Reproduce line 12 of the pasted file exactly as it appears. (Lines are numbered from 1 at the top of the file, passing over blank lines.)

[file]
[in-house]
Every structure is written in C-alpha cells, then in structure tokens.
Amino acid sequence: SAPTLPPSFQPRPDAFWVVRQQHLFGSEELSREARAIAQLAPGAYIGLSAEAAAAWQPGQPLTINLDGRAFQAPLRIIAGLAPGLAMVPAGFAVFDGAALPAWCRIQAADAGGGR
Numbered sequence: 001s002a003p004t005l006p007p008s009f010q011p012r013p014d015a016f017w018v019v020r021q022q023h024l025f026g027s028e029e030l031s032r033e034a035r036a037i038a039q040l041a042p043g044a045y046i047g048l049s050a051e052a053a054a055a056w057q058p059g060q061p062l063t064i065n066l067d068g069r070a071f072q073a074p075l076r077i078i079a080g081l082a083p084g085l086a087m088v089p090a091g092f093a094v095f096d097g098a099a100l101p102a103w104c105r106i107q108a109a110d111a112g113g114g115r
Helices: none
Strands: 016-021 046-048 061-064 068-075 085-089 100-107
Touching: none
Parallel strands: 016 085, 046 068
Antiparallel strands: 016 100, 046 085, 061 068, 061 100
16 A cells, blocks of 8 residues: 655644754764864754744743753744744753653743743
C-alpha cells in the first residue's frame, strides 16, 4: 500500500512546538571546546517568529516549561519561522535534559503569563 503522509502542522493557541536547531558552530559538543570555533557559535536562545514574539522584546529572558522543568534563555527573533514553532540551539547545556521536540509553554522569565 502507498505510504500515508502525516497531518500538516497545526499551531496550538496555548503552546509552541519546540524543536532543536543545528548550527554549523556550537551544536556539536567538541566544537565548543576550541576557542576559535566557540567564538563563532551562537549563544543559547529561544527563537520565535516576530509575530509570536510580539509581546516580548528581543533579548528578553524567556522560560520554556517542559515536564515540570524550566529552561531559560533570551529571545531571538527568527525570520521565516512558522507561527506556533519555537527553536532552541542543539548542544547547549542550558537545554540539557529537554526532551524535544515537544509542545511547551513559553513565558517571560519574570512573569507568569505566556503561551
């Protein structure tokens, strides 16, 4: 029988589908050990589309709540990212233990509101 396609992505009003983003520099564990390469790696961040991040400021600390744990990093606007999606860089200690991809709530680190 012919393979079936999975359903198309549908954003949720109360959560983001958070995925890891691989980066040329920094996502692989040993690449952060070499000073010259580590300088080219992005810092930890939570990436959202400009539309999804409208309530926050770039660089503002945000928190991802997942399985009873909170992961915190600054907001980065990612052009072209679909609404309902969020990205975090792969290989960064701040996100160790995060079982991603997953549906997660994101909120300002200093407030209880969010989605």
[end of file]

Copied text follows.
């Protein structure tokens, strides 16, 4: 029988589908050990589309709540990212233990509101 396609992505009003983003520099564990390469790696961040991040400021600390744990990093606007999606860089200690991809709530680190 012919393979079936999975359903198309549908954003949720109360959560983001958070995925890891691989980066040329920094996502692989040993690449952060070499000073010259580590300088080219992005810092930890939570990436959202400009539309999804409208309530926050770039660089503002945000928190991802997942399985009873909170992961915190600054907001980065990612052009072209679909609404309902969020990205975090792969290989960064701040996100160790995060079982991603997953549906997660994101909120300002200093407030209880969010989605």